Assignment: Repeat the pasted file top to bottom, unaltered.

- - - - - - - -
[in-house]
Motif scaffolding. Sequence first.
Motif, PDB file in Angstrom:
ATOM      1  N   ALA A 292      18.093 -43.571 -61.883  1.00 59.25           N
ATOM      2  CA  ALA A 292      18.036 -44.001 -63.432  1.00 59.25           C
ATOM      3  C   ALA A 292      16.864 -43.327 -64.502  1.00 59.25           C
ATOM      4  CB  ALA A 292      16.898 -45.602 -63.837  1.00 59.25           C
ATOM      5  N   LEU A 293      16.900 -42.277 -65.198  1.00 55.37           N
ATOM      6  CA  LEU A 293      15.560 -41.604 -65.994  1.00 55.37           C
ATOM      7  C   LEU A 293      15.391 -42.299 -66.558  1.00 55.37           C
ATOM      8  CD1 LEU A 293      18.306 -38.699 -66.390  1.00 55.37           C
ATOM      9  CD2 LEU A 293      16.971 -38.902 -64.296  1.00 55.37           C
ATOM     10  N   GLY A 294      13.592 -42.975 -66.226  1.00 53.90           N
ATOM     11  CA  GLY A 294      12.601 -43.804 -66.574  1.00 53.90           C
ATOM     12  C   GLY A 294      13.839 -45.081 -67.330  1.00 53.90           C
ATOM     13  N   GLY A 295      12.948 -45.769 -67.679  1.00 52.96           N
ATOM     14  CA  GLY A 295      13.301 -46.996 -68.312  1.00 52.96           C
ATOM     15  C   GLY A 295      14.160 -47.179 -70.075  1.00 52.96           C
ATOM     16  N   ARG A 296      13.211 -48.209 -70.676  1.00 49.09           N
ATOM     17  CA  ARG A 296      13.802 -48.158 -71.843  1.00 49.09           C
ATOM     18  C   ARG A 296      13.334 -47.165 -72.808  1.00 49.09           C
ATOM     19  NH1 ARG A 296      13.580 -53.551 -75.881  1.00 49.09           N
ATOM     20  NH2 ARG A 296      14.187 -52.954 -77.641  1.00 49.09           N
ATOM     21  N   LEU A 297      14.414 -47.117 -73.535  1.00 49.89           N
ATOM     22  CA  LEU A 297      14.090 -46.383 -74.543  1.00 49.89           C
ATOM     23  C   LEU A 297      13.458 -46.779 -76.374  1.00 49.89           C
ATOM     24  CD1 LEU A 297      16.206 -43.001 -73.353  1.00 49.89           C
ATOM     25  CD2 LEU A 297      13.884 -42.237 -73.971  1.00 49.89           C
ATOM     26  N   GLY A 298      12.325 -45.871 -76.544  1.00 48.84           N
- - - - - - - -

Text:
[in-house]
Motif scaffolding. Sequence first.
Motif, PDB file in Angstrom:
ATOM      1  N   ALA A 292      18.093 -43.571 -61.883  1.00 59.25           N
ATOM      2  CA  ALA A 292      18.036 -44.001 -63.432  1.00 59.25           C
ATOM      3  C   ALA A 292      16.864 -43.327 -64.502  1.00 59.25           C
ATOM      4  CB  ALA A 292      16.898 -45.602 -63.837  1.00 59.25           C
ATOM      5  N   LEU A 293      16.900 -42.277 -65.198  1.00 55.37           N
ATOM      6  CA  LEU A 293      15.560 -41.604 -65.994  1.00 55.37           C
ATOM      7  C   LEU A 293      15.391 -42.299 -66.558  1.00 55.37           C
ATOM      8  CD1 LEU A 293      18.306 -38.699 -66.390  1.00 55.37           C
ATOM      9  CD2 LEU A 293      16.971 -38.902 -64.296  1.00 55.37           C
ATOM     10  N   GLY A 294      13.592 -42.975 -66.226  1.00 53.90           N
ATOM     11  CA  GLY A 294      12.601 -43.804 -66.574  1.00 53.90           C
ATOM     12  C   GLY A 294      13.839 -45.081 -67.330  1.00 53.90           C
ATOM     13  N   GLY A 295      12.948 -45.769 -67.679  1.00 52.96           N
ATOM     14  CA  GLY A 295      13.301 -46.996 -68.312  1.00 52.96           C
ATOM     15  C   GLY A 295      14.160 -47.179 -70.075  1.00 52.96           C
ATOM     16  N   ARG A 296      13.211 -48.209 -70.676  1.00 49.09           N
ATOM     17  CA  ARG A 296      13.802 -48.158 -71.843  1.00 49.09           C
ATOM     18  C   ARG A 296      13.334 -47.165 -72.808  1.00 49.09           C
ATOM     19  NH1 ARG A 296      13.580 -53.551 -75.881  1.00 49.09           N
ATOM     20  NH2 ARG A 296      14.187 -52.954 -77.641  1.00 49.09           N
ATOM     21  N   LEU A 297      14.414 -47.117 -73.535  1.00 49.89           N
ATOM     22  CA  LEU A 297      14.090 -46.383 -74.543  1.00 49.89           C
ATOM     23  C   LEU A 297      13.458 -46.779 -76.374  1.00 49.89           C
ATOM     24  CD1 LEU A 297      16.206 -43.001 -73.353  1.00 49.89           C
ATOM     25  CD2 LEU A 297      13.884 -42.237 -73.971  1.00 49.89           C
ATOM     26  N   GLY A 298      12.325 -45.871 -76.544  1.00 48.84           N